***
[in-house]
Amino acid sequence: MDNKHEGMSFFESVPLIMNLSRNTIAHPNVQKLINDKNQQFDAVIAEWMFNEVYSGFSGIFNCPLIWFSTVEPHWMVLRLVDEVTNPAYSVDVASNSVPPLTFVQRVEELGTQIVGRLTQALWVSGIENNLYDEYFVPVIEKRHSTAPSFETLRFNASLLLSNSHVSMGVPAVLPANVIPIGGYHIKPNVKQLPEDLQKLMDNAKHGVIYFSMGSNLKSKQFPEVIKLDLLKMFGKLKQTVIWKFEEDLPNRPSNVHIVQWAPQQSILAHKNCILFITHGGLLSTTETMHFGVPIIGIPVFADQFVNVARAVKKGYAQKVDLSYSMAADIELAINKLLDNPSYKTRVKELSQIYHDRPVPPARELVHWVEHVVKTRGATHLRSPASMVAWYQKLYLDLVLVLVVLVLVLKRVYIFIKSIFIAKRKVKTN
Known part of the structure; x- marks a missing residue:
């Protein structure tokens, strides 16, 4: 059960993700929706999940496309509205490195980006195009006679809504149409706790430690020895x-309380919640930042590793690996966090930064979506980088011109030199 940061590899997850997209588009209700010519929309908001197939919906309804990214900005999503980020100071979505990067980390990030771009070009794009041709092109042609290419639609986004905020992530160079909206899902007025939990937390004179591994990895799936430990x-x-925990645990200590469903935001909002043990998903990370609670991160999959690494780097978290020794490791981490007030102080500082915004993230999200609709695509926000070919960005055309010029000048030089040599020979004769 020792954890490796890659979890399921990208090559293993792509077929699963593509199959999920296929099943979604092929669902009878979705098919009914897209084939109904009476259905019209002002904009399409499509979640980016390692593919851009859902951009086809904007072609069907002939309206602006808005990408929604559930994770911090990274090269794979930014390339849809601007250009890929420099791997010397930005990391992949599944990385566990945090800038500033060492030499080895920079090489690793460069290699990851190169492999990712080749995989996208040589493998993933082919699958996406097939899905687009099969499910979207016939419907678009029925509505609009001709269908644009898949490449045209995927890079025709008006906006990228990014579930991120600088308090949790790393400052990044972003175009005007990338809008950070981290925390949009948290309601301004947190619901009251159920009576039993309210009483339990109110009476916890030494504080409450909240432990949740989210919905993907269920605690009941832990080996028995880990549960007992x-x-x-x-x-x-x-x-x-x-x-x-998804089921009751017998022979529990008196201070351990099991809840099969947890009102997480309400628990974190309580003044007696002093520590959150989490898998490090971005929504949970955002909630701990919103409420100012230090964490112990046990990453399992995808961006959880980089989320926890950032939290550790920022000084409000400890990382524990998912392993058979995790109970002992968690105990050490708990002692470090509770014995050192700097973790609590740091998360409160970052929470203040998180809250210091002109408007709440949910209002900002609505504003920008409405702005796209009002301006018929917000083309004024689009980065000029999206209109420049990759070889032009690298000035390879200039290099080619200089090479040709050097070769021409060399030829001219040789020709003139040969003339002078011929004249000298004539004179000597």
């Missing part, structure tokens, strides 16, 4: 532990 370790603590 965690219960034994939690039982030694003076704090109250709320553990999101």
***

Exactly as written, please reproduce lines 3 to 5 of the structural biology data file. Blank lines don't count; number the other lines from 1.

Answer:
Known part of the structure; x- marks a missing residue:
């Protein structure tokens, strides 16, 4: 059960993700929706999940496309509205490195980006195009006679809504149409706790430690020895x-309380919640930042590793690996966090930064979506980088011109030199 940061590899997850997209588009209700010519929309908001197939919906309804990214900005999503980020100071979505990067980390990030771009070009794009041709092109042609290419639609986004905020992530160079909206899902007025939990937390004179591994990895799936430990x-x-925990645990200590469903935001909002043990998903990370609670991160999959690494780097978290020794490791981490007030102080500082915004993230999200609709695509926000070919960005055309010029000048030089040599020979004769 020792954890490796890659979890399921990208090559293993792509077929699963593509199959999920296929099943979604092929669902009878979705098919009914897209084939109904009476259905019209002002904009399409499509979640980016390692593919851009859902951009086809904007072609069907002939309206602006808005990408929604559930994770911090990274090269794979930014390339849809601007250009890929420099791997010397930005990391992949599944990385566990945090800038500033060492030499080895920079090489690793460069290699990851190169492999990712080749995989996208040589493998993933082919699958996406097939899905687009099969499910979207016939419907678009029925509505609009001709269908644009898949490449045209995927890079025709008006906006990228990014579930991120600088308090949790790393400052990044972003175009005007990338809008950070981290925390949009948290309601301004947190619901009251159920009576039993309210009483339990109110009476916890030494504080409450909240432990949740989210919905993907269920605690009941832990080996028995880990549960007992x-x-x-x-x-x-x-x-x-x-x-x-998804089921009751017998022979529990008196201070351990099991809840099969947890009102997480309400628990974190309580003044007696002093520590959150989490898998490090971005929504949970955002909630701990919103409420100012230090964490112990046990990453399992995808961006959880980089989320926890950032939290550790920022000084409000400890990382524990998912392993058979995790109970002992968690105990050490708990002692470090509770014995050192700097973790609590740091998360409160970052929470203040998180809250210091002109408007709440949910209002900002609505504003920008409405702005796209009002301006018929917000083309004024689009980065000029999206209109420049990759070889032009690298000035390879200039290099080619200089090479040709050097070769021409060399030829001219040789020709003139040969003339002078011929004249000298004539004179000597």
């Missing part, structure tokens, strides 16, 4: 532990 370790603590 965690219960034994939690039982030694003076704090109250709320553990999101």